• Welcome to our site! Electro Tech is an online community (with over 170,000 members) who enjoy talking about and building electronic circuits, projects and gadgets. To participate you need to register. Registration is free. Click here to register now.

Very Basic Questions about Sine-Wave Oscillators

Status
Not open for further replies.

Sukoshi

New Member
I had in mind a project to design a superhet receiver for US "AM" radio signals (fairly simple, I thought). So I started reading about oscillators, and I found the literature online about common oscillators such as the Hartley, Colpitts, and Clapp Oscillators. I tried simulating some of these myself in LTSpice, but they only worked for certain frequencies, and playing with certain capacitor values succeeded in making the oscillator fail in most situations.

Articles in this forum refer to special capacitor values, and biasing transistors, and other such things. I've heard of transistor biasing, and know it is used to have a signal fit into a transistor's threshold, but how is it used in oscillator design? Is there any book/document that describes the theoretical basis on which oscillators work, or can anyone give me an explanation? Thanks, and sorry for the basic questions.
 

MikeMl

Well-Known Member
Most Helpful Member
Wiki Oscillator.

Oscillators are very difficult to model in Spice; there are lots of parasitic capacitances in a real circuit that are not accounted for in a Spice schematic. A practical oscillator needs noise to start it; Spice is too damn perfect.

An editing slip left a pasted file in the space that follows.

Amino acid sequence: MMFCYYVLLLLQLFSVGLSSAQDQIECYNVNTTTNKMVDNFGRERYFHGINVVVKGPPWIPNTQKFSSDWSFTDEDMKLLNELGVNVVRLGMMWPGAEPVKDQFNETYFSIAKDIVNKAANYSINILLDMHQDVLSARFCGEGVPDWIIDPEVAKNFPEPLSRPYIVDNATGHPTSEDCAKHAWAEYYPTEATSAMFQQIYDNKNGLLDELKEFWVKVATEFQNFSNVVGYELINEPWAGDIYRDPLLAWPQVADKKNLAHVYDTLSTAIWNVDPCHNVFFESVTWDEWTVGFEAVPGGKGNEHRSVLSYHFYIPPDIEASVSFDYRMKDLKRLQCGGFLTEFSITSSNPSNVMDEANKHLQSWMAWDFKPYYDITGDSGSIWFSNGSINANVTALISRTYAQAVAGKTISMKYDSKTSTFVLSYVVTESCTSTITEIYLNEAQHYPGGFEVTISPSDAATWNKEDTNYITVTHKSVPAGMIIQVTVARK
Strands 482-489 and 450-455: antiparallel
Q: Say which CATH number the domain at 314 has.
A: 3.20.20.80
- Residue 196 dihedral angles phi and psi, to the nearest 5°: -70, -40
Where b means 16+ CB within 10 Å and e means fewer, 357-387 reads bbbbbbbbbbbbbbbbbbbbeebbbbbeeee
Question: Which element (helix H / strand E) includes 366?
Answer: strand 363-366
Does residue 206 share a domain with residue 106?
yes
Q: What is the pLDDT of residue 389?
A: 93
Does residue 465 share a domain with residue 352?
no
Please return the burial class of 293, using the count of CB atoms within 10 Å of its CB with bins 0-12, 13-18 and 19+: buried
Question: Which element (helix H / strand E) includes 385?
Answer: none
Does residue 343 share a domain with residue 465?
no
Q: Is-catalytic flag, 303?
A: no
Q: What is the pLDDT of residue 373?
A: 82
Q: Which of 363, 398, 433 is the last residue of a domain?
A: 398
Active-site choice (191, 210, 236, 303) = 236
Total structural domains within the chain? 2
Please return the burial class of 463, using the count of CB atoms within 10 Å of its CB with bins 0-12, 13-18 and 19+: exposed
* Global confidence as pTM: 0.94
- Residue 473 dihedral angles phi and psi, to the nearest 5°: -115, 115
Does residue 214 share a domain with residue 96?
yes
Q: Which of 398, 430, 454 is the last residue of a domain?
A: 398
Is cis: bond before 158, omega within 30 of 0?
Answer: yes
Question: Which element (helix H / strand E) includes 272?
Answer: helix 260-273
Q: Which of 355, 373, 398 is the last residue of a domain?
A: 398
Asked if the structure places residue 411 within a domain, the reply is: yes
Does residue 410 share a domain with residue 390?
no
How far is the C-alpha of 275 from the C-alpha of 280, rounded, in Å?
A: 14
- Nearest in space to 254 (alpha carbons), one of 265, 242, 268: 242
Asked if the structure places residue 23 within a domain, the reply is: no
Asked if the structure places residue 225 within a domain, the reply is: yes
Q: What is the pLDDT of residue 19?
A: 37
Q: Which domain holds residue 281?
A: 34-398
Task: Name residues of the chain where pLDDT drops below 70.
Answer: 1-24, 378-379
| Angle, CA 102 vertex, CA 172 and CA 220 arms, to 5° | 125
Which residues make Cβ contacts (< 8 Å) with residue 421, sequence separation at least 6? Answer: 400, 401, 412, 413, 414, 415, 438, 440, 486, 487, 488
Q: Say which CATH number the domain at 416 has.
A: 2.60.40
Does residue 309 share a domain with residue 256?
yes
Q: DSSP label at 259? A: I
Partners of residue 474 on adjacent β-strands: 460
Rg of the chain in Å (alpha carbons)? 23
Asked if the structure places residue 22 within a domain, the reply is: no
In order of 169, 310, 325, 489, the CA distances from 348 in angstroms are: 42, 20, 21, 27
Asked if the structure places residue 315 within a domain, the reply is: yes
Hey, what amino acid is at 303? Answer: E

There has been a lot of spice modeling of L-C and crystal oscillators on the LTSpice forum on Yahoo.
 

Roff

Well-Known Member
An oscillator can usually be coaxed to start by putting a .IC v(X)=v directive (using .op) in the schematic, where X is the name of a node, and v is a voltage (0 will often work). This forces the circuit to settle to it's quiescent state after the sim starts. The changes in voltages and currents will usually cause the oscillator to start. Post a schematic if you have specific questions.
 
I had in mind a project to design a superhet receiver for US "AM" radio signals (fairly simple, I thought). So I started reading about oscillators, and I found the literature online about common oscillators such as the Hartley, Colpitts, and Clapp Oscillators.
Forget about using Spice for that. The best way to design these is empirically. For an AM BCB xcvr, the frequencies aren't extreme, and you can do the job on a solderless prototyping board. For low to medium frequencies, I'd use the series tuned Colpitts (aka Clapp) oscillator.
 
Status
Not open for further replies.

Latest threads

EE World Online Articles

Loading
Top